case capacity, gr water???

Discussion in 'Reloading' started by upacreek, Dec 29, 2013.

  1. upacreek

    upacreek Well-Known Member

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    So like a nerd I am examining all my reloading manuals and came accross something unusual. The nosler 7 guide calls out gr. water for every load. They use the same case but this measurement varies significantly. At first I assumed it was due to seating depth. But it isn't consistent with this theory. Does anyone have any insight? The nosler book is really nice how it's detailed and calls out specifics. The only thing it leaves out is which bullet the loads are based off of. Bearing surface being what comes to mind regarding this area.
     
  2. Greyfox

    Greyfox Well-Known Member

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    I'm not sure this explanation is right in terms of what you are referring to in the Nosler manual which I haven't seen, but I use water to evaluate the caacity differences between my brass cases, and loads. When I develop a load that I consider to be optimum, I will fill the prepared(trimmed and sized) case with the primer hole plugged, fill it completely with water, and weigh the case. I then subtract the empty case weight to get an exact capacity of the case. Since load performance can vary based on case capacity, this gives me a reference point should I change to a different lot, or brand of brass. It will also give an indication of case capacity differences between new, neck sized, or FL sized cases. This may be the difference the water capacity of the loads shown in the Nosler manual. Due to the component shortage I picked up some Norma 300WM to back up my supply of Winchester brand cases. The difference in case capacity between the two brands was 2.3gr, the Norma having greater capacity. Actual performance was different. The capacity between 260 Norma and Lapua brass was within .5gr, and performance was identical in terms of accuracy and velocity. This was an easy switch except for a having to use a smaller neck bushing with the Norma brass.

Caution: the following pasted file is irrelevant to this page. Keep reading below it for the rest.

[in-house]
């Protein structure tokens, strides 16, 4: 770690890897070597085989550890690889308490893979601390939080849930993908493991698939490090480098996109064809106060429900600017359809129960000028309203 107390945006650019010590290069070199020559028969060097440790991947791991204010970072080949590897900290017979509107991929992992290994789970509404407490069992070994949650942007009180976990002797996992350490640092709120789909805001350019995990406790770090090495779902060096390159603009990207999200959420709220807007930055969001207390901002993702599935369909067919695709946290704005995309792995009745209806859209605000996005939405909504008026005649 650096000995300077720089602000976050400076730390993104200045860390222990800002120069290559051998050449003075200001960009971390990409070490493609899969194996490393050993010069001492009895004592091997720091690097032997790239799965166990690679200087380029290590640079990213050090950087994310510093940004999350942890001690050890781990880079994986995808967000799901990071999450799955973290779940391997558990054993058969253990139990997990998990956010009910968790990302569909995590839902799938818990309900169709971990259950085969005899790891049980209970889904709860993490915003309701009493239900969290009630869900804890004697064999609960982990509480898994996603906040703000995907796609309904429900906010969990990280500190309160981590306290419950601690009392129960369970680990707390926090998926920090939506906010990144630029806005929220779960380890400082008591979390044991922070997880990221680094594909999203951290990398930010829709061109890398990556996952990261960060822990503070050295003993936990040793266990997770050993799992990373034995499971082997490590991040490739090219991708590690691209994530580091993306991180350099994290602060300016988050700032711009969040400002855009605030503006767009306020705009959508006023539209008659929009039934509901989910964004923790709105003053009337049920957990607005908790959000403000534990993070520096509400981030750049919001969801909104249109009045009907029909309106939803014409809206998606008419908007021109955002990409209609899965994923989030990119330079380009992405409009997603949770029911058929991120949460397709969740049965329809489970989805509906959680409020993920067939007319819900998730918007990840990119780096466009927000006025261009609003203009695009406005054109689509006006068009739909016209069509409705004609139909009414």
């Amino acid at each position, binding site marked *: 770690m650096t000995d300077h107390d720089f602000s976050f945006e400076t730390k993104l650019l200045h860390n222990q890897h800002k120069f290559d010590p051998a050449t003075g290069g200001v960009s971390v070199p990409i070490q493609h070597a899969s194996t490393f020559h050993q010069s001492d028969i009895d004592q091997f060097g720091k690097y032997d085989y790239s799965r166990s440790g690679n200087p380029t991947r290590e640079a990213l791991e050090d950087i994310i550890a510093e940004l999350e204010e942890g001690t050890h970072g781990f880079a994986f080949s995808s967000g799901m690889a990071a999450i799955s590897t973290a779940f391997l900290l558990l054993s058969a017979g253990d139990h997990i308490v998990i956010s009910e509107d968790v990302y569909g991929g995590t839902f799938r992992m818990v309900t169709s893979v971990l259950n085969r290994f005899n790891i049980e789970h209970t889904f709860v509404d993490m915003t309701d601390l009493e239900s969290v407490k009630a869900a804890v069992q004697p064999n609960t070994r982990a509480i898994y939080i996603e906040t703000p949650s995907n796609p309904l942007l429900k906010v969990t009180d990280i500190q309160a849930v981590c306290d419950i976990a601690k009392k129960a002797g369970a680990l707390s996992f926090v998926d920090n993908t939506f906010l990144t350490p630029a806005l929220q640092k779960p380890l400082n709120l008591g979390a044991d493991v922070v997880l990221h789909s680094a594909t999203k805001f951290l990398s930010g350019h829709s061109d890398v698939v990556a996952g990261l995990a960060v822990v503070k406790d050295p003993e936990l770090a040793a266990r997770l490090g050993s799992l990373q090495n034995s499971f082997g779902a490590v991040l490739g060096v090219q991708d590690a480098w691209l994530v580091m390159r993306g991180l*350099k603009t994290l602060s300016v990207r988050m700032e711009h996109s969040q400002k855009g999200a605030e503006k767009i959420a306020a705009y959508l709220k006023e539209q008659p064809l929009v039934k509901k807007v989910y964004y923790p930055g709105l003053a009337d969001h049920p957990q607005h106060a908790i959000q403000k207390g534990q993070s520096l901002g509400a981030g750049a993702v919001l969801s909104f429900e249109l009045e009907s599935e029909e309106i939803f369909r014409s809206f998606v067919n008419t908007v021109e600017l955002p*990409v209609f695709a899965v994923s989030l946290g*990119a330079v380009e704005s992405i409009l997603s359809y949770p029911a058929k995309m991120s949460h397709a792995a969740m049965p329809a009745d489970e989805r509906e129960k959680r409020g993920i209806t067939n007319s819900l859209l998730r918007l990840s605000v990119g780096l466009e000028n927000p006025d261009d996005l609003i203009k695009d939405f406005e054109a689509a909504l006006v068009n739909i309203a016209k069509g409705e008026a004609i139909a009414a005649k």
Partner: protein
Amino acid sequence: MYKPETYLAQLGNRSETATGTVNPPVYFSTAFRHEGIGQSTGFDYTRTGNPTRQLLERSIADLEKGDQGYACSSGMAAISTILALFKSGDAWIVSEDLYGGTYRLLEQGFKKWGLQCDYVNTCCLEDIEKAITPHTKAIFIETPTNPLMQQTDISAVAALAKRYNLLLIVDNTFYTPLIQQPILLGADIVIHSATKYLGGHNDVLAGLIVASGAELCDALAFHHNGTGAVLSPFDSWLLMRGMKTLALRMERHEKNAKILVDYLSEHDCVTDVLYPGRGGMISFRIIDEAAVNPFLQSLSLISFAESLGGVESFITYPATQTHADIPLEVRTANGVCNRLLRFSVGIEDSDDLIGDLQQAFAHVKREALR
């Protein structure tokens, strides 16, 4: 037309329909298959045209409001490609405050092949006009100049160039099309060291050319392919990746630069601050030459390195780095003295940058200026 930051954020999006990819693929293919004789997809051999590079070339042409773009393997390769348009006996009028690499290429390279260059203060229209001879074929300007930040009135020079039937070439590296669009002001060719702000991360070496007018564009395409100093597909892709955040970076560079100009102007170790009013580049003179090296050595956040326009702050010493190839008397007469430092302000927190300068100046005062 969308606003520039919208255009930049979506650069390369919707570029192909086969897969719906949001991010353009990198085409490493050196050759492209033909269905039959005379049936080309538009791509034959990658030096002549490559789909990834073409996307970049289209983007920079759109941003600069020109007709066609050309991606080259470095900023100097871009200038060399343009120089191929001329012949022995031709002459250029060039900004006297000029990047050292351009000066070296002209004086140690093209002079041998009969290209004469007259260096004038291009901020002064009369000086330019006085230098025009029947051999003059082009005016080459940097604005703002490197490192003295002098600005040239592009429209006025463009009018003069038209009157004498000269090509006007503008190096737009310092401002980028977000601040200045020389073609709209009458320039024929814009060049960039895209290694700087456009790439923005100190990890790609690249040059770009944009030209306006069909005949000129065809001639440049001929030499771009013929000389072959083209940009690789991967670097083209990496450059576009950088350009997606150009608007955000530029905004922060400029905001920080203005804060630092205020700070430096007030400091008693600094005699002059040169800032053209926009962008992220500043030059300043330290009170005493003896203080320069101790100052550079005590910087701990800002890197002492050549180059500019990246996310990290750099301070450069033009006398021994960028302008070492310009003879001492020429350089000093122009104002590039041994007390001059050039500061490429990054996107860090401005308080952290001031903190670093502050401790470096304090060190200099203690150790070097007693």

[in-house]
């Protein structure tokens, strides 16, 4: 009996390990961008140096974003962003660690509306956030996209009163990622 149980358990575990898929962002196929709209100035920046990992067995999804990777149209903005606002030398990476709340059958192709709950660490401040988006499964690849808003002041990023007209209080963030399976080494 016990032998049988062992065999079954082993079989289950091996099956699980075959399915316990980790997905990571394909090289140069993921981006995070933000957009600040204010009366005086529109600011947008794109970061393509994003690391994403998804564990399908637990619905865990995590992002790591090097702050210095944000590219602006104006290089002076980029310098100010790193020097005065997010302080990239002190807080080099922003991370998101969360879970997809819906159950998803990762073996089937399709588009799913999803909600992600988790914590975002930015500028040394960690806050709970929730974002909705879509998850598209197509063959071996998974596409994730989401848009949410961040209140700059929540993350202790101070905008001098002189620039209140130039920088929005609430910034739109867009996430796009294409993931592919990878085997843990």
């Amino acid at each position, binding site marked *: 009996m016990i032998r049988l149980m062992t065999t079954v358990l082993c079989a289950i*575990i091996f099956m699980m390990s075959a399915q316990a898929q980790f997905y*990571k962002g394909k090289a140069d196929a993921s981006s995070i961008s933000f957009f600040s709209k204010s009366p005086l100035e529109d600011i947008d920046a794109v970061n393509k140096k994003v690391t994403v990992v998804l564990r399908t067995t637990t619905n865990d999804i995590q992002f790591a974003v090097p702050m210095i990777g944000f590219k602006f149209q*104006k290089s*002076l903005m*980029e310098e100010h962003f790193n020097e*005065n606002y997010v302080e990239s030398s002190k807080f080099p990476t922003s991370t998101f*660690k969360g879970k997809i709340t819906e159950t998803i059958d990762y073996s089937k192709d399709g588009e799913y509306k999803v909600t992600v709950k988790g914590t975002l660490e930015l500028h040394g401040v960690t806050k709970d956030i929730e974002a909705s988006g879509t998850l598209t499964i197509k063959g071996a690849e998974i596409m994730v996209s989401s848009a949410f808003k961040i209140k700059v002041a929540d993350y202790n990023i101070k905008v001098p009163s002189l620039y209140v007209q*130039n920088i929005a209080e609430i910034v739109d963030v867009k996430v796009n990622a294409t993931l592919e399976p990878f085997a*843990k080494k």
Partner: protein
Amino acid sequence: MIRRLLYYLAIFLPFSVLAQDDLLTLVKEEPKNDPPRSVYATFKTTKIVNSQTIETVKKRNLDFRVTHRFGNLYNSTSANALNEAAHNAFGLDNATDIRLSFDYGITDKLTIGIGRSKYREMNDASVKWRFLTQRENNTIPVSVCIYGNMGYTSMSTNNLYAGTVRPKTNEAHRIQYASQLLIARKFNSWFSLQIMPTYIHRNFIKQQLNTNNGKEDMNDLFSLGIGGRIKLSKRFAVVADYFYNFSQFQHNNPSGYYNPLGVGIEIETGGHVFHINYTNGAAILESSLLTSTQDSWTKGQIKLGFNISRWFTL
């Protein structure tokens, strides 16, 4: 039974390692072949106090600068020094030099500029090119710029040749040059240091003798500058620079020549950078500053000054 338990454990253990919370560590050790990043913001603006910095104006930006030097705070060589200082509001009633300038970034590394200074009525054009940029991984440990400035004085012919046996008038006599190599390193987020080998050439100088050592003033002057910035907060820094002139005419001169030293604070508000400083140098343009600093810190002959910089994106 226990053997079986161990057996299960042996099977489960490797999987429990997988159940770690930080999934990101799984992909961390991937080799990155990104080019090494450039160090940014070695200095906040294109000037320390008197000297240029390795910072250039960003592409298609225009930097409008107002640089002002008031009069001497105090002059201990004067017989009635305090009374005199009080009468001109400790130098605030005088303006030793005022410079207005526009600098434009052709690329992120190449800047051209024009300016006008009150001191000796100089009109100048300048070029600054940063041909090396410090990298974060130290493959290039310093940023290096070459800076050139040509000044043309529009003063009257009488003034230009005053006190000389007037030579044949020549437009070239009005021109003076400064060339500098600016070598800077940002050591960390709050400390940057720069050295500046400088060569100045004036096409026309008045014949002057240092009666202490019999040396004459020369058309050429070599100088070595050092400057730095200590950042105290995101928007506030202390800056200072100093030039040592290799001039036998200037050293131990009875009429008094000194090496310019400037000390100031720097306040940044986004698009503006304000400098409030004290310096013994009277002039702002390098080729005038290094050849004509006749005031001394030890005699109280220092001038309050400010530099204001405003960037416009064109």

3. upacreek

    upacreek Well-Known Member

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    In the manual there is around 3gr difference with the same brass mfgr (it is specified) for the same caliber. The 7wsm has like 5 bullet weights. Each weight has the primer and brass called out. But the water gr. varies in my mind quite a bit. Just thought it was weird. Nosler is more detailed than my other books, but this kind of inconsistency makes me wonder if it's not fluff to look detailed. Maybe someone could shed some more light on the subject.
     
  4. Mikecr

    Mikecr Well-Known Member

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    Probably volume occupied or changed by different seated bullets, to same COAL.
     
  5. upacreek

    upacreek Well-Known Member

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    That was my first thought, but not likely.

    7WSM 120gr.........76.8gr water
    140gr........74.5gr water
    150gr.........73.5gr water
    160gr.........74.3gr water